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Corporate Tax In UAE
UAE publishes legislation on corporate tax
The Federal Decree-Law No. (47) of 2022 on the Taxation of Corporations and Businesses (hereafter referred to as the “CT law”) was published by the UAE on December 9, 2022. The MoF website has an unofficial translation available. On the MoF website, Frequently asked questions are also posted, which were very helpful clarifications of the law.
For financial years beginning on or after 1st June 2023, the CT law serves as the legal foundation for the adoption and operation of a Federal CT in the UAE. After being published in the official gazette, the CT law will take effect 15 days later.
Under the Consultation Document, which was published in April 2022, the CT law elaborates and clarifies several significant clauses.
It also leaves several questions unanswered that will need to be properly addressed in further Cabinet and Ministerial decisions as well as Tax Authority recommendations. The CT law is still a significant milestone for all firms in the UAE and needs to be properly considered.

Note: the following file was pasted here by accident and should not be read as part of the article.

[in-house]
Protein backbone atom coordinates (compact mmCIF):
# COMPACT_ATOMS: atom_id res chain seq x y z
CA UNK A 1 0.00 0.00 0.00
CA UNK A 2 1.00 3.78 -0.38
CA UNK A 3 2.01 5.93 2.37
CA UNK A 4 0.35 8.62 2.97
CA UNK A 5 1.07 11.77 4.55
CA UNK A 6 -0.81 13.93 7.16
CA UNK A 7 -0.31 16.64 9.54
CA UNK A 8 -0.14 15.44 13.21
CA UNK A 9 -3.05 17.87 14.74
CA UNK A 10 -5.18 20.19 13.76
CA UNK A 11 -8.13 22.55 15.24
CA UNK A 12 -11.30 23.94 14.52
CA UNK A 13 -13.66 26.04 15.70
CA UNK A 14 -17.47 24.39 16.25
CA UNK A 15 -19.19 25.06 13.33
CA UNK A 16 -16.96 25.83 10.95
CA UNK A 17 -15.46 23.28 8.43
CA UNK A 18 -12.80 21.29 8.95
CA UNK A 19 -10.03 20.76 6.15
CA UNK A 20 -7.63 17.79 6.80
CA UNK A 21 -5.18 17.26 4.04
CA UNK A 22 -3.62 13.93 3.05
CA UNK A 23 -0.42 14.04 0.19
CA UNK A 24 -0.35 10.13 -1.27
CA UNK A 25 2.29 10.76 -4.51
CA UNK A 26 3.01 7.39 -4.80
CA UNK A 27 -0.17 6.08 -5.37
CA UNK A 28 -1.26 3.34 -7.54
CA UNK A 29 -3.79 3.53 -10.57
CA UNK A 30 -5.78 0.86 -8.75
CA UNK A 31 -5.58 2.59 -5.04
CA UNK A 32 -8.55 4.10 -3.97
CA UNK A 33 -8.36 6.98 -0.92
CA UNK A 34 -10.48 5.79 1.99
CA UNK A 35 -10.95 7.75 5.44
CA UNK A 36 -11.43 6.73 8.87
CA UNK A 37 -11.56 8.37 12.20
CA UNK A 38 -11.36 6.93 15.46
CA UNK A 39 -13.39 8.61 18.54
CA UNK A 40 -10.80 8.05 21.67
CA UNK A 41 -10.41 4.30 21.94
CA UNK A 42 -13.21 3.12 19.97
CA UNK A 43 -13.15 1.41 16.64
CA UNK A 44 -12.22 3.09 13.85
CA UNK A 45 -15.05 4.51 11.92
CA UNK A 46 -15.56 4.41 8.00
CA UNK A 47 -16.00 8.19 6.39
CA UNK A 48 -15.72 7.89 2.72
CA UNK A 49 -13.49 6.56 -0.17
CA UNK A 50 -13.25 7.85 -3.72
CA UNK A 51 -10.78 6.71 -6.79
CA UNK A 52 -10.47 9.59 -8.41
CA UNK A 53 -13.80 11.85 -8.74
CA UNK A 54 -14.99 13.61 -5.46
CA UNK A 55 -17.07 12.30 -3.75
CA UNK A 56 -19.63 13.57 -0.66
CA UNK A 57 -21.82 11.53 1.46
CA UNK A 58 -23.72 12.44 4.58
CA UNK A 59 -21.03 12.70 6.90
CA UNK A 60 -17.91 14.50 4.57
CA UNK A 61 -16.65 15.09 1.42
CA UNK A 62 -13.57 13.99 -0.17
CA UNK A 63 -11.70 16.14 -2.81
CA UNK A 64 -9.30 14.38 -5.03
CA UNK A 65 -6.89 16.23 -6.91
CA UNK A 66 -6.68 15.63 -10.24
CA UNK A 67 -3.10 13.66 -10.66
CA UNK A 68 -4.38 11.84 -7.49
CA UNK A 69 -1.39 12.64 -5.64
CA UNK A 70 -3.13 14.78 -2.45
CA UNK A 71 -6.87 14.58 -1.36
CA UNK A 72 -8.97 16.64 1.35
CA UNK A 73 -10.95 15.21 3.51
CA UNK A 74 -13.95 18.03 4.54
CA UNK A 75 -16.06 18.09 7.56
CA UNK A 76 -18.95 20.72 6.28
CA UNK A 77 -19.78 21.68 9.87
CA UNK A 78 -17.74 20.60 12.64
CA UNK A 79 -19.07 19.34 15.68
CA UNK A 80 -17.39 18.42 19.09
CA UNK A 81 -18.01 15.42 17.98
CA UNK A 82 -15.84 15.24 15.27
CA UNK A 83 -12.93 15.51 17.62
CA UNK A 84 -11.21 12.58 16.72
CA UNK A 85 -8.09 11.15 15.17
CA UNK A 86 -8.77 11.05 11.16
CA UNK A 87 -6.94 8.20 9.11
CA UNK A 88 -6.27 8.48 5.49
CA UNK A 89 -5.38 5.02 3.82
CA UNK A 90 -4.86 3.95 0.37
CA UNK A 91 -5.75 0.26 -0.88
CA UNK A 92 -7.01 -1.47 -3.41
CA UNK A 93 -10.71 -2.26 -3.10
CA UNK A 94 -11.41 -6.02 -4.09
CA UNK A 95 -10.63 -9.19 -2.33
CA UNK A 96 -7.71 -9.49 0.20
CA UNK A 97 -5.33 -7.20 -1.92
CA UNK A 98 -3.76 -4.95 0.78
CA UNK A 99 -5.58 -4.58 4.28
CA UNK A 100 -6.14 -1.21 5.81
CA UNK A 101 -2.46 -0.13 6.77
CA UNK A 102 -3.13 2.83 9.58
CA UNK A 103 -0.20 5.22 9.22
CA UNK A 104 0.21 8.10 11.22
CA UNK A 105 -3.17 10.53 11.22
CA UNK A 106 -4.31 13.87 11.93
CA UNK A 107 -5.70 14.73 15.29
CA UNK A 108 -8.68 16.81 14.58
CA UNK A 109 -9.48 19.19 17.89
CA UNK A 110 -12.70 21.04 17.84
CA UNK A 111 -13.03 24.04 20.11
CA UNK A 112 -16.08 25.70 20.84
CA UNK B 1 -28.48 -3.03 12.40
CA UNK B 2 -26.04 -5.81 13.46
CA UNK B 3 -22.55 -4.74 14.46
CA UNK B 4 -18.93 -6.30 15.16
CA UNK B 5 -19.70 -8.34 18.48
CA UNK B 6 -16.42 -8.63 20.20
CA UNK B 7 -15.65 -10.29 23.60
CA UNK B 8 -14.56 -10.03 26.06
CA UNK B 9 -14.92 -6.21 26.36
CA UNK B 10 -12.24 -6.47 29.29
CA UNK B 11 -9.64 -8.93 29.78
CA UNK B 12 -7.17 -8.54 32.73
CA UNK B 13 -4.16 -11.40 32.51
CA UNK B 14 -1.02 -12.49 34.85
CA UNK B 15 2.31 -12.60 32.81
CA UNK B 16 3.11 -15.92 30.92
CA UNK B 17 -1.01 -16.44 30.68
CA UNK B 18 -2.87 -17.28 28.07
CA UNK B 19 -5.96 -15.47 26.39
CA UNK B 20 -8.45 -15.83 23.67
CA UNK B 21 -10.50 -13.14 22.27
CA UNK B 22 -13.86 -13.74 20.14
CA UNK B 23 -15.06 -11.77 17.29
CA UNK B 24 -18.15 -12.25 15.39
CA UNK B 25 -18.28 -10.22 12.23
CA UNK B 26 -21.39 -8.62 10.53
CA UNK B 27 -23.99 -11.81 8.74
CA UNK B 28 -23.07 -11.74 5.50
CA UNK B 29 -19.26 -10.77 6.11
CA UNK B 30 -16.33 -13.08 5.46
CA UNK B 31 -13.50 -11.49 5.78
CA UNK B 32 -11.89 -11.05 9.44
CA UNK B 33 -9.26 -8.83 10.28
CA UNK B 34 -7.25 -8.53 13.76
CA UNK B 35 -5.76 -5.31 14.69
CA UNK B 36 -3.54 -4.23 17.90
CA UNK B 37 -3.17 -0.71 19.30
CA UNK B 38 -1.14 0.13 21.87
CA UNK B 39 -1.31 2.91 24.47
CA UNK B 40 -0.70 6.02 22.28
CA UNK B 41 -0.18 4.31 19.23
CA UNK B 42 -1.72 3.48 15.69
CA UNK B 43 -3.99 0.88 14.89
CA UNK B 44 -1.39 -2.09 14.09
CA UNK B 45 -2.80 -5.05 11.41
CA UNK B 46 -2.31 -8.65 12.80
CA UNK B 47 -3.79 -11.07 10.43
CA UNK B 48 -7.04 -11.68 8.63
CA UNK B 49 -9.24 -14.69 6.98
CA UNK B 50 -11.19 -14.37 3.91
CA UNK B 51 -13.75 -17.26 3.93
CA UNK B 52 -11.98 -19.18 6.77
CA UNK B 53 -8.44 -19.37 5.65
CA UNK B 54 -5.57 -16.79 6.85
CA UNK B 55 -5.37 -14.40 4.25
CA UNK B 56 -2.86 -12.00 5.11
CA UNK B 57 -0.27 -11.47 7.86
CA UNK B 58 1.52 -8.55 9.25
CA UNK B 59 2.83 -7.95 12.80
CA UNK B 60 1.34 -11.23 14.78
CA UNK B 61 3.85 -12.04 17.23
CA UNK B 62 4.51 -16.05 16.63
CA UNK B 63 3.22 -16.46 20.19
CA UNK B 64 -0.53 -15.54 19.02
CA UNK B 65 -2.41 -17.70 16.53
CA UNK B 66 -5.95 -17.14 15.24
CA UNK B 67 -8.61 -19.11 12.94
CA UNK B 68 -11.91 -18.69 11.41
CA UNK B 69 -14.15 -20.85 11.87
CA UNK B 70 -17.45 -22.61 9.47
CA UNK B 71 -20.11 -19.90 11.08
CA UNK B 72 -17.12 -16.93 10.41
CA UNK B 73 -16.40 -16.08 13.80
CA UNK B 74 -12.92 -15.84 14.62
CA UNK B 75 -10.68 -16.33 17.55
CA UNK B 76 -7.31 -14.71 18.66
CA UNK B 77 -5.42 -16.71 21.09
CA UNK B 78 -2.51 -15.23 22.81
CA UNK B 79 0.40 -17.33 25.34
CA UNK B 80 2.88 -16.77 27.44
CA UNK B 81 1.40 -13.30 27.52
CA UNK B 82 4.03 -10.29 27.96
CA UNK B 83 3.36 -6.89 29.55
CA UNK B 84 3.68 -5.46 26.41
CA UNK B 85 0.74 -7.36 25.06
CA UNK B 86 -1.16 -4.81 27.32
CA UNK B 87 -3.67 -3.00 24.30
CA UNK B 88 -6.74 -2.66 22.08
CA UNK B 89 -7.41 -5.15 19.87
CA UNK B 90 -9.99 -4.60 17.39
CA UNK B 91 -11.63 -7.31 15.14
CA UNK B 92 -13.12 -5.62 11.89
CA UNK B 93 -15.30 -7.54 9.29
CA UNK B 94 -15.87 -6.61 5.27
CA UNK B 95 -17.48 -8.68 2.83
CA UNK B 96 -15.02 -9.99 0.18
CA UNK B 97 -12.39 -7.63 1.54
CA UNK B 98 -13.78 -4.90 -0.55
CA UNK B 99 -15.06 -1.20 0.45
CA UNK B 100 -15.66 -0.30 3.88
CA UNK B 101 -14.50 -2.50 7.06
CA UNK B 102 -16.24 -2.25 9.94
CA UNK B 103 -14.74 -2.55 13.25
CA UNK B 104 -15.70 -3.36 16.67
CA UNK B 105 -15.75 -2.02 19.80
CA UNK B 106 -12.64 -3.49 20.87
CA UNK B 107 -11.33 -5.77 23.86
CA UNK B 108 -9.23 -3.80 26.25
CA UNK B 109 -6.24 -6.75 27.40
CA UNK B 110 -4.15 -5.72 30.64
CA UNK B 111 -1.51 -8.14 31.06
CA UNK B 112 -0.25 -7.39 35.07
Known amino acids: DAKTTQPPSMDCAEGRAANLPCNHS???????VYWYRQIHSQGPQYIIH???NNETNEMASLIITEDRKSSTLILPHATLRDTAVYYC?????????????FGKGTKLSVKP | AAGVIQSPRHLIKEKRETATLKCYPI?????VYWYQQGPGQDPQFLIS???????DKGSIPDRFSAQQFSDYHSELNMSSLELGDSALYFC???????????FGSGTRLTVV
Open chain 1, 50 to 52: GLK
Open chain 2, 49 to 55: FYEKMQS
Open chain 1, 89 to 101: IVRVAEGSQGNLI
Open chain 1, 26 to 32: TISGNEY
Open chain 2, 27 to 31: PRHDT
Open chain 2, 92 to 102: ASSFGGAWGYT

This warning summarises some of our initial thoughts and important conclusions regarding the CT bill; a more thorough summary will be released soon.
Corporate Tax-Key Points
Free Zone entities
The treatment of Free Zone Persons was one of the CT law’s most highly debated topics. A key unanswered issue from the Consultation Document is whether a Qualifying Free Zone Person can have both Qualifying Income (taxed at a rate of 0%) and non-qualifying Taxable Income (taxed at 9%). On this, though, there are still some unanswered questions.
A Qualifying Free Zone Person must meet some requirements to qualify, including maintaining sufficient substance, abiding by transfer pricing rules, and not choosing to be subject to CT. Regardless of whether they are Qualifying Free Zone Persons or not, all Free Zone entities must register and submit a CT return.
Unanswered questions include whether the choice to be subject to normal CT in the UAE is irrevocable, the treatment of transactions between group entities situated in mainland UAE and Free Zone entities, and what qualifies as qualifying income (subject to Cabinet decision).
Who will be excluded from UAE CT is determined by the CT law, and this definition has been somewhat broadened from that in the Consultation Document to now include some non-extractive natural resource enterprises.